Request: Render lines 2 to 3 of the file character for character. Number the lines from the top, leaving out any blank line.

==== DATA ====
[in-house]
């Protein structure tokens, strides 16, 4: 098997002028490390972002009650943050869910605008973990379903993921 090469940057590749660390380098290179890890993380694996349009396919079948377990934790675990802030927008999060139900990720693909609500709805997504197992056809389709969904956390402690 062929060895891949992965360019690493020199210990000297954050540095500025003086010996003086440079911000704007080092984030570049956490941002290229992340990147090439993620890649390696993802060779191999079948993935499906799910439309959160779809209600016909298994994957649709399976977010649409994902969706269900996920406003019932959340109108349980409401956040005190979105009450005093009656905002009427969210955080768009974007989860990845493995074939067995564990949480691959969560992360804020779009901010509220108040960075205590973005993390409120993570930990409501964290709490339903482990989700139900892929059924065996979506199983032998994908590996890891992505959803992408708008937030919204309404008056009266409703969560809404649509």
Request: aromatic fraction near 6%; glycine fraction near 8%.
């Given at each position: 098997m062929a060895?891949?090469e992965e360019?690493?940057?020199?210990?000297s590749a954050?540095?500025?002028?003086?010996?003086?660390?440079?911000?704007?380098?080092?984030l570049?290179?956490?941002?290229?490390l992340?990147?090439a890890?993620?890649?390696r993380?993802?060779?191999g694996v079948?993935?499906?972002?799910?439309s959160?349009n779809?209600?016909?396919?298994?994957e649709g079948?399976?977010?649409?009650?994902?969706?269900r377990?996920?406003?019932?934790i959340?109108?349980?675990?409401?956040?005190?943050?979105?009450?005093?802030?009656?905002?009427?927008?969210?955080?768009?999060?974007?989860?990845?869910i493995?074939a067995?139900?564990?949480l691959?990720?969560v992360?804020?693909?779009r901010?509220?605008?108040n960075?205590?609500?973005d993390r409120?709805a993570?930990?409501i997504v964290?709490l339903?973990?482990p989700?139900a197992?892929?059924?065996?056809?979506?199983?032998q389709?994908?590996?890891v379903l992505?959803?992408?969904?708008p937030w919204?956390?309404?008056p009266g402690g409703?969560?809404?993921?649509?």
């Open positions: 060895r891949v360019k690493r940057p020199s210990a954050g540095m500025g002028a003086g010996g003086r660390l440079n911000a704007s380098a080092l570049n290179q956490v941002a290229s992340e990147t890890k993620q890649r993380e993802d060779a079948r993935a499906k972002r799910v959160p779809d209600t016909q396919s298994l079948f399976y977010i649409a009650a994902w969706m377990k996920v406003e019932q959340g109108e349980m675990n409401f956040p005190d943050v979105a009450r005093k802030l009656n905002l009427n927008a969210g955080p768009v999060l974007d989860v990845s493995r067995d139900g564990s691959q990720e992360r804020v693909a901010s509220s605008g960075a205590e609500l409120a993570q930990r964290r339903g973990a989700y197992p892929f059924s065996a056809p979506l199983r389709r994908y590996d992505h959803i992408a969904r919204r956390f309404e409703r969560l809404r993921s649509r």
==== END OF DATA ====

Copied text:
């Protein structure tokens, strides 16, 4: 098997002028490390972002009650943050869910605008973990379903993921 090469940057590749660390380098290179890890993380694996349009396919079948377990934790675990802030927008999060139900990720693909609500709805997504197992056809389709969904956390402690 062929060895891949992965360019690493020199210990000297954050540095500025003086010996003086440079911000704007080092984030570049956490941002290229992340990147090439993620890649390696993802060779191999079948993935499906799910439309959160779809209600016909298994994957649709399976977010649409994902969706269900996920406003019932959340109108349980409401956040005190979105009450005093009656905002009427969210955080768009974007989860990845493995074939067995564990949480691959969560992360804020779009901010509220108040960075205590973005993390409120993570930990409501964290709490339903482990989700139900892929059924065996979506199983032998994908590996890891992505959803992408708008937030919204309404008056009266409703969560809404649509």
Request: aromatic fraction near 6%; glycine fraction near 8%.